I've Been to Over 500 Interviews... and Here's What I've Learned

I've Been to Over 500 Interviews... and Here's What I've Learned


3 min read

Hello everyone!

My name is Alex Cloudstar, and I've been to over 500 interviews, and let me tell you, it's been quite a journey. Okay, maybe not exactly 500; I obviously didn't count them, but there could actually be more. Whether you're a fresh graduate seeking your first job or an experienced professional looking for a change, the interview process can be intimidating and exhausting. Over the years, I've learned some valuable lessons that can help you ace your interviews and increase your chances of landing that dream job.

Here are some tips I've gathered from my extensive experience that could make a significant difference in your next interview:

  • Show Your Passion with Personal Projects: One of the most crucial aspects of a successful interview is demonstrating your passion for the role and the industry. Employers want to see that you're not just interested in the job; you're genuinely enthusiastic about it. A great way to convey your passion is by sharing your personal projects or side hustles. These projects not only showcase your skills but also demonstrate your commitment to your field. If you know me, you probably know that I'm not a fan of CVs, so I usually share my GitHub for this matter.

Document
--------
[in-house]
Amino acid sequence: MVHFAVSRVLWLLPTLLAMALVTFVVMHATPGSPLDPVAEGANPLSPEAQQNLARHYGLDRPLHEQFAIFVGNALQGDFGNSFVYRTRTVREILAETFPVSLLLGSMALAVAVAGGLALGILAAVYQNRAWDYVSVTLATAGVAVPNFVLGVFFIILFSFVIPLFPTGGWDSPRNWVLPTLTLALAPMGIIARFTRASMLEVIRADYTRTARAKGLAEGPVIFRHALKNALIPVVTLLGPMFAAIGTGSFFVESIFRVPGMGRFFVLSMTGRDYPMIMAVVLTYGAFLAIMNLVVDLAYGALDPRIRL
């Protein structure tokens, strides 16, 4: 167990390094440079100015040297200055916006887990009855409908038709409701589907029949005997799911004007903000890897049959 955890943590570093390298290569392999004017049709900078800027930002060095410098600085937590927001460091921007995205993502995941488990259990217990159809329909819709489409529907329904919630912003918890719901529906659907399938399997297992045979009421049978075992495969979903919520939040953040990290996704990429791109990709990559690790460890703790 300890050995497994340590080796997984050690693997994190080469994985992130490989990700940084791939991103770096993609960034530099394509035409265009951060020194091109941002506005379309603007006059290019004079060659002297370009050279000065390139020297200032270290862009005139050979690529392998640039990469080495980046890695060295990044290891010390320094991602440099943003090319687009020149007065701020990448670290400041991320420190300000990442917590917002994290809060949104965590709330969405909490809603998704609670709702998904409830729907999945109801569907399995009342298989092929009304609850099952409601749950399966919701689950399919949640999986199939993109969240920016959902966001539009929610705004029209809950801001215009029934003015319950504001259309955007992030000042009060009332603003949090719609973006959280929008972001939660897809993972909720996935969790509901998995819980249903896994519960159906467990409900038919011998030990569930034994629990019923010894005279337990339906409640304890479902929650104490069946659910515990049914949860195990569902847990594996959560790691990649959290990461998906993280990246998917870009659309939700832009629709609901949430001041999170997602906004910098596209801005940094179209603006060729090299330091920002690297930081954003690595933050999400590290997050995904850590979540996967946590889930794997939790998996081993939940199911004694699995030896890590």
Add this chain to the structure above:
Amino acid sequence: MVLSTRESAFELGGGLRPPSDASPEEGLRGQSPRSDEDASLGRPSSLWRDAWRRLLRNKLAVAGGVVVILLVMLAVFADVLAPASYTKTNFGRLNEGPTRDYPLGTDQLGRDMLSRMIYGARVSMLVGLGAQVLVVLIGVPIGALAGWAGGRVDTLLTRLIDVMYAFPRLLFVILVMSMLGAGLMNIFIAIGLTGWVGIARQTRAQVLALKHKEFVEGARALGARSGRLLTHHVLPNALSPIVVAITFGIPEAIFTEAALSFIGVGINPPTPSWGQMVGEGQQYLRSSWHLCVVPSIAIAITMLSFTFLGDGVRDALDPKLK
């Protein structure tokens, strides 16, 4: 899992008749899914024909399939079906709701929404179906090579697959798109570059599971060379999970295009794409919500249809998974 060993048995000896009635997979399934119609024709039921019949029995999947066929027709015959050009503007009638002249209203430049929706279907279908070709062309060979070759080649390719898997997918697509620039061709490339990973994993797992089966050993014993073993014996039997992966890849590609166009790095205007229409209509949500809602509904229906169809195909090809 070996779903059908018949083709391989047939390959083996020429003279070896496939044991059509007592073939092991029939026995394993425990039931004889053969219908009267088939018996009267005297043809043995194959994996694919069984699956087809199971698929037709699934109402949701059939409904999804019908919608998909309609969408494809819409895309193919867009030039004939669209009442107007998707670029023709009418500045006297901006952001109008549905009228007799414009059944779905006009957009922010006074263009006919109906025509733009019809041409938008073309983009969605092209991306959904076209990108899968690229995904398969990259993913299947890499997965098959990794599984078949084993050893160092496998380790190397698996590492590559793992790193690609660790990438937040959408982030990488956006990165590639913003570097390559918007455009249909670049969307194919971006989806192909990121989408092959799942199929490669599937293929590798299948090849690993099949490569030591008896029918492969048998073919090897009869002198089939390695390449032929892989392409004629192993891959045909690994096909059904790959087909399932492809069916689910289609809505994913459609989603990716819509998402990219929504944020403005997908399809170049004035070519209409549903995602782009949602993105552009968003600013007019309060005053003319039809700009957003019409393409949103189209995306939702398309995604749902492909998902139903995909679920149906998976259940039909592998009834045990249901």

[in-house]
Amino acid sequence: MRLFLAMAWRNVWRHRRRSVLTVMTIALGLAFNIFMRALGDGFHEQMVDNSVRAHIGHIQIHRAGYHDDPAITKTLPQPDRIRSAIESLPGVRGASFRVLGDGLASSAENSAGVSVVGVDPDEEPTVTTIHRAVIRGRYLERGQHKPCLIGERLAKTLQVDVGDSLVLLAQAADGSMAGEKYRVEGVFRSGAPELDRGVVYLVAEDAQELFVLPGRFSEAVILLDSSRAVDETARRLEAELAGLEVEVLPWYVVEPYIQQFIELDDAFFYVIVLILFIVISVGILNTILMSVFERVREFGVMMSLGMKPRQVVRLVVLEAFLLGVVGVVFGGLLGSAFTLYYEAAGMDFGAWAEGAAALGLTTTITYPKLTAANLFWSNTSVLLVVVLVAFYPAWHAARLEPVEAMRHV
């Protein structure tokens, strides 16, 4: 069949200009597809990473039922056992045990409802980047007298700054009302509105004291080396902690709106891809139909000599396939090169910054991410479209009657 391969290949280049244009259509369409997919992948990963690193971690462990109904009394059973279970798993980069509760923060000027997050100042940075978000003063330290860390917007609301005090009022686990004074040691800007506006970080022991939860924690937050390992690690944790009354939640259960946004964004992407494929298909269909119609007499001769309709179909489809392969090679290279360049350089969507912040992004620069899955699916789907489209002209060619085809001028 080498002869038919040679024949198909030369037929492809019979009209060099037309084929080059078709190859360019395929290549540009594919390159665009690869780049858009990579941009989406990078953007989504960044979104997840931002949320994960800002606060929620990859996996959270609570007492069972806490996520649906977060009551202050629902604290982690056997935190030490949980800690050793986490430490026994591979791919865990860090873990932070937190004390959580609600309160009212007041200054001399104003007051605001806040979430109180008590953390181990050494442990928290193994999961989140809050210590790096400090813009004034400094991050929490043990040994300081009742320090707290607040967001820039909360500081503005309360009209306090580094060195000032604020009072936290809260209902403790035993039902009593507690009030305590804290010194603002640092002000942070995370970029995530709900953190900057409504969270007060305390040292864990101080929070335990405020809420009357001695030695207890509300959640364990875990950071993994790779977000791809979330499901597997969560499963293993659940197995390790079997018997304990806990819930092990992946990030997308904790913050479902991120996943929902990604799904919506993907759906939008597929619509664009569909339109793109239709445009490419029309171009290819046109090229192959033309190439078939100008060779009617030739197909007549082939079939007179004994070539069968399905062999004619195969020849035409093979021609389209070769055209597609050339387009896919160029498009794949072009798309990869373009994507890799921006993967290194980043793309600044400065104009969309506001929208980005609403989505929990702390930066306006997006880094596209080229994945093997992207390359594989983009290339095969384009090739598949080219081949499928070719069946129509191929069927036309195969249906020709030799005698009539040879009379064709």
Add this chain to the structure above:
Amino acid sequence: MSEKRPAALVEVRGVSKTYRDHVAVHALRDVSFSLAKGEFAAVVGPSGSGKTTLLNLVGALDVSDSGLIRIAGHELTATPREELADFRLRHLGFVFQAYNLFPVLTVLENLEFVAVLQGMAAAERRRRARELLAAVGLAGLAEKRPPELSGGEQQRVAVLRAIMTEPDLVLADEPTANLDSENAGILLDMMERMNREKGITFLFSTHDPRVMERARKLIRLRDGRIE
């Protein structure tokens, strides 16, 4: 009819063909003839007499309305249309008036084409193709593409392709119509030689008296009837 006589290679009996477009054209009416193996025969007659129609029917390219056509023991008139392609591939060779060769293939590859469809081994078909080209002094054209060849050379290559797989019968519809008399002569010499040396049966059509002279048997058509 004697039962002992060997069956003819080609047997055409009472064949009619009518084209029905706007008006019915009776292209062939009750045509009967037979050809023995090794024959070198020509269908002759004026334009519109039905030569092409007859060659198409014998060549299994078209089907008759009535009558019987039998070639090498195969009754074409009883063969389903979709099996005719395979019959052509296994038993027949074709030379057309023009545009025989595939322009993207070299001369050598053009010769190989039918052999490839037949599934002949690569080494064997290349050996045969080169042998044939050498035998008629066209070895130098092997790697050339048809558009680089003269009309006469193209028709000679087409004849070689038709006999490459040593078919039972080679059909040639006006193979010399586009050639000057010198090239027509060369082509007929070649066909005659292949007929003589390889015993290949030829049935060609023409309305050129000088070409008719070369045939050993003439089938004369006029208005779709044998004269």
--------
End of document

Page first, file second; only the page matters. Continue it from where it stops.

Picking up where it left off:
• Research the Company: Before you even step into the interview room (or log onto that video call), do your homework. Learn about the company's history, values, culture, recent achievements, and any industry-specific trends. Show that you've taken the time to understand what they do and how you can contribute to their success. When you can speak to your knowledge of the company, it demonstrates your genuine interest in the role. Or at least know the company's name; learn from my past mistakes, haha.

  • Prepare for Technical Questions: If your role involves technical aspects, be sure to brush up on your skills and knowledge. Search online for potential technical questions that might come up during the interview. This preparation will not only boost your confidence but also help you answer with precision and clarity. You don't want to be caught off guard when asked about something fundamental to the job. Also, you can search a fun fact to share about your preferred language, why not.

  • Ask Questions: Interviews should be a two-way street. Remember that you're also evaluating whether the company is the right fit for you. Ask thoughtful questions about the role, the team, the company's vision, and the challenges they face. Engaging in a genuine discussion rather than a one-sided monologue shows your interest and helps build a connection with the interviewer. If it feels right, don't be afraid to make a small joke. Maybe the person interviewing you had a tough day and will appreciate it. Remember, only if it feels right.

But here's a vital piece of advice: don't ignore red flags. If the job description is vague or inconsistent, take heed. Negative company reviews on platforms like Glassdoor can reveal concerning patterns. Unrealistic expectations, poor communication, high turnover, or subpar compensation should be red flags. I ignored some in the past, and it wasn't nice.

Interviews can be nerve-wracking, especially when you've been to as many as I have. However, each interview is an opportunity to grow and learn. By following these tips and drawing from my experience, you can increase your chances of not just acing the interview but also finding a job that truly aligns with your interests and goals. So go ahead and put these strategies into practice, and remember, each interview is a step closer to your dream job.

See ya next week with more valuable info!